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  7. I've lost count of how many "vacations" spent at home doing various projects and maintenance.

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  8. Is there an emoji for the worlds smallest violin (aka rubbing thumb and forefinger?). I have never taken 3 vacations in a year!I have never spent that much on clothes in a year. And I can only imagine that their food 'budget' reflects how much they eat out. I don't make a quarter of what they do. And we truly live paycheck to paycheck, and still manage to live a happy life (but as Patrice mentions, I don't live in NYC and some of those expenses are 'average' for that area...just another reason to not live in a big city)
    So no big boohoos here..if you are that miserable, make some changes...quit trying to keep up with the Jones's being number one...

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  9. Yes, I know this couple. They have been replicated about 30,000 times.They fight about money and have little time for their own children or pets: but the kitchen has marble countertops and handscraped 6 inch plank hardwood floors. They have 2 Mercedes in the garage, 4 bathrooms, and a pool, spa, and $250,000 motorhome. They spend a small fortune at the organic grocery, and then when the food comes home, it goes into a state of the art stainless steel french door refrigerator. In 20 days, the maid will clean the fridge and throw everything out as it has mold, expired, or no wants to eat it. Yet, this couple MUST WORK, because "everything is so expensive". Until bankruptcy or TEOTWAWKI hits, this couple will never change their ways. What a sad life!!
    -Stealth Spaniel

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  10. Back in 1964 I joined the Air Force. I was a little shocked to discover that my monthly pay was $86. I realized that for a couple of years I wouldn't even be able to afford to own a cheap $50 car. I spent the next six months taking (getting paid to) other GI's KP duty. I got between $6 and $10 a day, more on a holiday less on other days. KP was essentially 12 hours of work. After 6 months I had saved $400 hard earned dollars, enough to buy and insure a car. Life is hard, but that is what trains us to survive and deal with life's problems.

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  11. Somethings missing - where's the government mandated health insurance and Medical costs? High stress life, young kids and they never go to the doctor?

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  12. I temporarily quit outside work when our daughter was born. I budgeted like crazy to make ends meet and to have money for hobbies (my husband's antique car and my crafts) and church contributions. I made clothes for my daughter and me, cooked from scratch, and grew what vegetables I could on a relatively small lot. We lived in a fairly nice house in a nice neighborhood. Our vacations were to visit family and a once a year weekend to a car club convention. The two of us got a good laugh when one of my husband's co-workers asked him where our outside income came from--apparently it had been a subject of discussion as to how we lived so well unless there was other money from somewhere. I didn't resume outside work until our daughter was in middle school when we started serious saving for her college--she graduated from a private college with no debt (she contributed with scholarships and part-time work) and bought a house three years after graduation. The apple doesn't fall too far from the tree.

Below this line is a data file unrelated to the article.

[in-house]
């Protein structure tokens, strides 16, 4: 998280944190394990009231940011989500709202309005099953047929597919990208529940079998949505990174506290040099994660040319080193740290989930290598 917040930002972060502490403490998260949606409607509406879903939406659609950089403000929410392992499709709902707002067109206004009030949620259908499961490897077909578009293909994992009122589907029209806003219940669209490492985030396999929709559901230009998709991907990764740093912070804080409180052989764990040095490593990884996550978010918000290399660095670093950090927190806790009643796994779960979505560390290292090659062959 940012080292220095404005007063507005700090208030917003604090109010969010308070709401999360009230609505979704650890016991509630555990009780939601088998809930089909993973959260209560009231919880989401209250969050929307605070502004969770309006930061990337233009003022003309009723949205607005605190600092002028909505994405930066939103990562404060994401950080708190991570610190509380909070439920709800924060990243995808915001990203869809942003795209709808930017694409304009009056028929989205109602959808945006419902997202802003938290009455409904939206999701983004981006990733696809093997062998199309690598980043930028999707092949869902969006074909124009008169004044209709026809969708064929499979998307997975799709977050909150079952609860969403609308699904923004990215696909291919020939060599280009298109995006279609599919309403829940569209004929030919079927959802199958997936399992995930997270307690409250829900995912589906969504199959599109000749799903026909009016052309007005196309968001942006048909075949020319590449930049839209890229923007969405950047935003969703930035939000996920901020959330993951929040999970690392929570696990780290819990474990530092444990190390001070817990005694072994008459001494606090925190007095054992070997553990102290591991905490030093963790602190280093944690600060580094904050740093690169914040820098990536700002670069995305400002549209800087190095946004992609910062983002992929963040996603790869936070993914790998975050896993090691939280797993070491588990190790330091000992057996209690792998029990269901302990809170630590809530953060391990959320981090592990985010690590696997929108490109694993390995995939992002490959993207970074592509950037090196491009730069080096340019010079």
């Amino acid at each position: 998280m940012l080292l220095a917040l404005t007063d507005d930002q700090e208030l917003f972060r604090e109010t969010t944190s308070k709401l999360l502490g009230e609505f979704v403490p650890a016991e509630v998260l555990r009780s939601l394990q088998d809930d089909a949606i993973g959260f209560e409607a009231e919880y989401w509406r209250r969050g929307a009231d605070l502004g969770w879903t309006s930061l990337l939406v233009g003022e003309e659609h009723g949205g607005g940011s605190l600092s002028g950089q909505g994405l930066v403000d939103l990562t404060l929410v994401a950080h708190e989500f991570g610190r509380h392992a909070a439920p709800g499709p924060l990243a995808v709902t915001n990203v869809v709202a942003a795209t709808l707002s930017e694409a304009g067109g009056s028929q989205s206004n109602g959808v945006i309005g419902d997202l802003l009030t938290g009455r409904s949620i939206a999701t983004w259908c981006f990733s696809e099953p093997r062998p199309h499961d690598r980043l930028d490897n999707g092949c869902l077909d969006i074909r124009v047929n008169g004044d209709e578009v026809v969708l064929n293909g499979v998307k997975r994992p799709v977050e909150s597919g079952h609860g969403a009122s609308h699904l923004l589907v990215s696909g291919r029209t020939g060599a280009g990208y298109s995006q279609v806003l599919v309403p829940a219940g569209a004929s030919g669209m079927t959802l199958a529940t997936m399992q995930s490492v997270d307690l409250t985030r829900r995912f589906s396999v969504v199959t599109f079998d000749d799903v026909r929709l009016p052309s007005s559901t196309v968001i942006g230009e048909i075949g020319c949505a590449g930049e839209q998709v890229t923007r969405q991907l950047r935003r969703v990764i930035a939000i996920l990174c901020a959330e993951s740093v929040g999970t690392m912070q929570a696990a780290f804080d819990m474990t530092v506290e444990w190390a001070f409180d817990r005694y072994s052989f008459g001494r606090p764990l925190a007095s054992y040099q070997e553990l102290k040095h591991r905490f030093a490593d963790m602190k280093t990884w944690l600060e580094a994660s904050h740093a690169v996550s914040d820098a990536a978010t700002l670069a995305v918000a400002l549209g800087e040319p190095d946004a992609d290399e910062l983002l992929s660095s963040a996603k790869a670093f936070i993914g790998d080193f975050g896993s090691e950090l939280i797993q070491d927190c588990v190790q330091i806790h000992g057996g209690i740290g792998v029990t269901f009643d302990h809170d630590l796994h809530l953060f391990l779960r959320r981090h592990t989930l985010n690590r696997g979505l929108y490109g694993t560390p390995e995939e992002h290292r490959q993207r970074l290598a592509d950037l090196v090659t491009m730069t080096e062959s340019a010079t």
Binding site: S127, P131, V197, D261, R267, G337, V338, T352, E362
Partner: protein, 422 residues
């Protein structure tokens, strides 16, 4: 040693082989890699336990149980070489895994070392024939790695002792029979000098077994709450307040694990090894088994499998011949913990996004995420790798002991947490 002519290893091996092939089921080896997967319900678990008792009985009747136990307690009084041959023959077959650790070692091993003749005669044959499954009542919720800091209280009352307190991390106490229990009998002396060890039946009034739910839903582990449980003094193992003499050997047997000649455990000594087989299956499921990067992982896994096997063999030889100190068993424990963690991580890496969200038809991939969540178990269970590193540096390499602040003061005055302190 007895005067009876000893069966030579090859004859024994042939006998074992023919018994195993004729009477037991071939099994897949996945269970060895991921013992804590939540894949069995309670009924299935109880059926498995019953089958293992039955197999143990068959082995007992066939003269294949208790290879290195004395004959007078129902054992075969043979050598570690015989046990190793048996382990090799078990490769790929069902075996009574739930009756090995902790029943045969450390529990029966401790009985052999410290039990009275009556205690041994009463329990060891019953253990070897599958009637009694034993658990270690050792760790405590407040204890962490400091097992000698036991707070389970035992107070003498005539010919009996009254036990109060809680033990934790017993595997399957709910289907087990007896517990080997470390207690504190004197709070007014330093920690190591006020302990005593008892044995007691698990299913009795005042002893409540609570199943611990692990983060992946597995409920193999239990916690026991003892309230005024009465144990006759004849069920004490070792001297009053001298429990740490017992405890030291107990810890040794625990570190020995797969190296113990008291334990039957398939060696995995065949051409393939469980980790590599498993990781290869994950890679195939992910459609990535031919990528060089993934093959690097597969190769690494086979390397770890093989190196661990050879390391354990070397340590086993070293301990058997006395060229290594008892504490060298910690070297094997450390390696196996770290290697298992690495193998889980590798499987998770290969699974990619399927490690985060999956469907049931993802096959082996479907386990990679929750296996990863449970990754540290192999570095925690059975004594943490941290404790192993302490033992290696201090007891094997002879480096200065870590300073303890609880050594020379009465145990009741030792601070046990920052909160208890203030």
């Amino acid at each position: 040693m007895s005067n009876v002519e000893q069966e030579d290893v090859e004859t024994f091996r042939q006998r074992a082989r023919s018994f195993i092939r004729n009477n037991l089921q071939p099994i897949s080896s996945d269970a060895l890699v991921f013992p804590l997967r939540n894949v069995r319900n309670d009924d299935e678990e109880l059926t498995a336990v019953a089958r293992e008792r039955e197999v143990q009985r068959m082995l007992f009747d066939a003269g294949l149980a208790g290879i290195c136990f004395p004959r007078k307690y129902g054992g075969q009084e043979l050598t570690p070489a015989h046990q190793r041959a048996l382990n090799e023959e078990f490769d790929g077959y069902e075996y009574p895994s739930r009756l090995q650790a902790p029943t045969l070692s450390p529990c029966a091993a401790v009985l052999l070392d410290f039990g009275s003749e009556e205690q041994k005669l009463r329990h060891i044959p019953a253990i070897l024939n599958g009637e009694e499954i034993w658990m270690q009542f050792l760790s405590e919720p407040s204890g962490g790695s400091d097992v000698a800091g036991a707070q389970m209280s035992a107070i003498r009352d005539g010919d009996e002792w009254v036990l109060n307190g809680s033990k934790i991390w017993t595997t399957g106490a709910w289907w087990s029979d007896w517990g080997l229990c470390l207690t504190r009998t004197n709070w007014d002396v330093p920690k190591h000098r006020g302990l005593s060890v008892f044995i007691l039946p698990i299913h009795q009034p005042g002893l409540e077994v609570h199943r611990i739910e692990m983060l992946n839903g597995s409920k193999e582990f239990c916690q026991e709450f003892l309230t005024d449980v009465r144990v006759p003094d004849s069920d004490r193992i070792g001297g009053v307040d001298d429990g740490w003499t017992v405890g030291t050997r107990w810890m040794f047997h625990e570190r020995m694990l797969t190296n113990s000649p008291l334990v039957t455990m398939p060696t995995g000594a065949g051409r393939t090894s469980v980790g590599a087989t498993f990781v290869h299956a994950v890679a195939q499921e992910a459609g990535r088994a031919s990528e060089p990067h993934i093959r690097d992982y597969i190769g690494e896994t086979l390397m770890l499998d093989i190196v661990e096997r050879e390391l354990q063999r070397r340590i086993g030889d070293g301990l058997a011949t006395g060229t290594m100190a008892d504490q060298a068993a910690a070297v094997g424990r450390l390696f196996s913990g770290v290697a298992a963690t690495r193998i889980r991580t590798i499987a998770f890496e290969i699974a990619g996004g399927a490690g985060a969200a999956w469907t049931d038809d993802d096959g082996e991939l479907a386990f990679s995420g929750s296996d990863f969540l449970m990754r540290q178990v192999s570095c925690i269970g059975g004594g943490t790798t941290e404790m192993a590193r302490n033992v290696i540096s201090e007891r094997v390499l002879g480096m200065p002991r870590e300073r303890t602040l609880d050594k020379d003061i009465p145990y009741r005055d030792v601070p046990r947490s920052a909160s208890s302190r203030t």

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  13. In 1984 we escaped from NYC. It took a career change to do so, but we wanted to get our kids out of the NYC schools. Income wise we have always been middle class, but we always had food on the table, and our bills paid. That included when I was out of work for 10 months, followed by a temporary job on the other side of the country from my family for the next 10 months. God has been good to us, and we now enjoy our kids and grandkids.

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  14. Hi Patrice - Many people believe there is nothing that can be done about student loan debt, but there definitely is. It requires some thought and planning prior to choosing the profession one wishes to engage in however. If a person was to get a Masters degree in Nursing, for example,and become a nurse practitioner they could apply to join the Health Service Corps. If they agree to work for 2 years in an underserved area, they can get up to 50,000.00 worth of student loan debt paid off (tax-free). All while earning a salary between 75000 - 90000, depending on specialty. The problem is, just like in the health insurance scam market, many people just assume that the commonly held view is the only thing out there. The Indian Health Service offers similar loan repayment deals, as does the VA.
    These options are available to many - doctors, nurses, dental hygienists, social workers, counselors, etc.
    Not lawyers though, lol.
    I know, I know, who wants to work for the government cheese, but this is one way of spending my tax dollars I can at least hold my nose and say I don't actively disapprove of. Most of my sparsely populated mostly rural state is considered an underserved area.
    I told my co-worker about this because she was worrying about how she was going to pay off her 80000.00 student loan debt after she became a nurse-practitioner. She is now in the process of making that happen and enjoying life as a young mother with one less worry on her plate while helping out some people who need it. A win-win in my book.

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  15. Good grief! I'm mean, we are surviving on $36,500 a year with a family of four, we must be destitute! Can you imagine this family on OUR budget?